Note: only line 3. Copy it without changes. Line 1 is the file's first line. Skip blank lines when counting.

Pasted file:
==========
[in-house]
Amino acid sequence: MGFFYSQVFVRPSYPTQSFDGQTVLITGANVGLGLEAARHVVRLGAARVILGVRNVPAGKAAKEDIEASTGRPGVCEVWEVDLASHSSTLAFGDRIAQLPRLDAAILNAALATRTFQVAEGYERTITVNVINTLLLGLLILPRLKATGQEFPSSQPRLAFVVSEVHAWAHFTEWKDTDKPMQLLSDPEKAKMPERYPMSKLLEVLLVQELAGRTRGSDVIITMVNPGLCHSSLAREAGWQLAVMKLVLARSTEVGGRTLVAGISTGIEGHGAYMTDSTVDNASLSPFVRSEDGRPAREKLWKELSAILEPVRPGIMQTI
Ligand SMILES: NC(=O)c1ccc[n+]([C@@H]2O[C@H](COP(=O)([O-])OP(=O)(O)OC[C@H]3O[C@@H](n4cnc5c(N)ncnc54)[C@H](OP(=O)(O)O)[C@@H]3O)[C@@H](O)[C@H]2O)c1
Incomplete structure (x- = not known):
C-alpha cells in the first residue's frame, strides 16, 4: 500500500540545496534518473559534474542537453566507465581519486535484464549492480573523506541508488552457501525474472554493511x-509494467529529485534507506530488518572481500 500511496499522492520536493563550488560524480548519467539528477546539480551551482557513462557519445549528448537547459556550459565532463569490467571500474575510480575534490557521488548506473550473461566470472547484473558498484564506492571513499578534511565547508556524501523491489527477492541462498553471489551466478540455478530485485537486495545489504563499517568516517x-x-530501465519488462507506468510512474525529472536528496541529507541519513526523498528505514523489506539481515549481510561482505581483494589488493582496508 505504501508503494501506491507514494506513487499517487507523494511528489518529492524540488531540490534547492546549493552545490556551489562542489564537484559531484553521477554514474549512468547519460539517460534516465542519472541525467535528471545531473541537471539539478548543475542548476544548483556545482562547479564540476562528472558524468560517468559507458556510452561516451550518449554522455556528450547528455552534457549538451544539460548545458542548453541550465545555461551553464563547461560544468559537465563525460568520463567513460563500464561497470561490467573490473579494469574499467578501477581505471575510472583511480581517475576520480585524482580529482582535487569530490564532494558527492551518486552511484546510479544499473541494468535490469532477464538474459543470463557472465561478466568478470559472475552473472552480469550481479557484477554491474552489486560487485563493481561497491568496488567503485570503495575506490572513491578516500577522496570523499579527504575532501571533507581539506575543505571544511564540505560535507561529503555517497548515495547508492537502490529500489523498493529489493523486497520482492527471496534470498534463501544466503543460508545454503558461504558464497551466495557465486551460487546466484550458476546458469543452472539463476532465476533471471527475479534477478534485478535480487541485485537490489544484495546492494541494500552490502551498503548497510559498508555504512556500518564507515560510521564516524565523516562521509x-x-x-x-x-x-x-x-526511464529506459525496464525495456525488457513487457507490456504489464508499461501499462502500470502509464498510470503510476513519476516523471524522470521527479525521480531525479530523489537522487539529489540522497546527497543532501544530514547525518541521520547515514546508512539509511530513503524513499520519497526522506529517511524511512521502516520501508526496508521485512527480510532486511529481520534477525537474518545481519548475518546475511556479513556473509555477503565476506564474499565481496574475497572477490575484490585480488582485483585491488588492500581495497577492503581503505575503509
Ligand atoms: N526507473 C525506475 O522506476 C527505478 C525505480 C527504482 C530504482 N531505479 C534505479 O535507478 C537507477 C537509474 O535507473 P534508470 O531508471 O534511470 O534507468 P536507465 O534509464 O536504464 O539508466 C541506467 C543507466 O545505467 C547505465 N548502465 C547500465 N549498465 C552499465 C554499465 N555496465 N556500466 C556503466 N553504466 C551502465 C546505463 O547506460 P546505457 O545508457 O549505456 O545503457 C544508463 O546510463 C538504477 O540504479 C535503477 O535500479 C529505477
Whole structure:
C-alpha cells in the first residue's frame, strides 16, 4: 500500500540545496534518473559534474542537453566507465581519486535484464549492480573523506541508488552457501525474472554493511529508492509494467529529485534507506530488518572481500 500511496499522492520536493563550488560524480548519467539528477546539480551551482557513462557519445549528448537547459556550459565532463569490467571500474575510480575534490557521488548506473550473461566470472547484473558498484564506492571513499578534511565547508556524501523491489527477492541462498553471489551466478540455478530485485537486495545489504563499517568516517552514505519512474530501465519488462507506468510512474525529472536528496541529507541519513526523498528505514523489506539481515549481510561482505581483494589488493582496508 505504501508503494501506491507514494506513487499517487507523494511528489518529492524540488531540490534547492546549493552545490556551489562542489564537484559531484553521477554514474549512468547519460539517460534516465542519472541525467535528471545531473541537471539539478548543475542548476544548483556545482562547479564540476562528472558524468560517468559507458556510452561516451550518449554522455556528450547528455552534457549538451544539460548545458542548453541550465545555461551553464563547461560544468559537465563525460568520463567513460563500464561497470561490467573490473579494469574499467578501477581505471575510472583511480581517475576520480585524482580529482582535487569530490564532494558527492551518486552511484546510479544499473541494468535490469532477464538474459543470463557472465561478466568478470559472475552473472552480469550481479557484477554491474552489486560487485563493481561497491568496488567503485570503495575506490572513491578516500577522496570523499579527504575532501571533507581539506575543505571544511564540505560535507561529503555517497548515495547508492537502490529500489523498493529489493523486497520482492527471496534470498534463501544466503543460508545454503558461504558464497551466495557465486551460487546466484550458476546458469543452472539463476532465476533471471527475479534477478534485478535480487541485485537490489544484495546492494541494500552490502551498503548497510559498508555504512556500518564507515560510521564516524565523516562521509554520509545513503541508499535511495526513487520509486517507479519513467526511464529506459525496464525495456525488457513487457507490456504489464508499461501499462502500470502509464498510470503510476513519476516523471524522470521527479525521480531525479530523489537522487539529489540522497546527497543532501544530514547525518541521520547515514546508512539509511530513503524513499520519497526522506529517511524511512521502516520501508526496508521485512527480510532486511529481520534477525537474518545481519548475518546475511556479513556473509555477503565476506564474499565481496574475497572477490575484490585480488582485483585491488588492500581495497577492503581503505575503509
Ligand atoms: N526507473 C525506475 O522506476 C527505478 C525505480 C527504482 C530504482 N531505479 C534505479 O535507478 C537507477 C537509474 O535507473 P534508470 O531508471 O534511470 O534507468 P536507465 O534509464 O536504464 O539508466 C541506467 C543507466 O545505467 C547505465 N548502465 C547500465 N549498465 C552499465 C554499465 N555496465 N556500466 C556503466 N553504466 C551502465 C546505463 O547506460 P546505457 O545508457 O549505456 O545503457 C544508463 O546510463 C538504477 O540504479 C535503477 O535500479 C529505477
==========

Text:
Ligand SMILES: NC(=O)c1ccc[n+]([C@@H]2O[C@H](COP(=O)([O-])OP(=O)(O)OC[C@H]3O[C@@H](n4cnc5c(N)ncnc54)[C@H](OP(=O)(O)O)[C@@H]3O)[C@@H](O)[C@H]2O)c1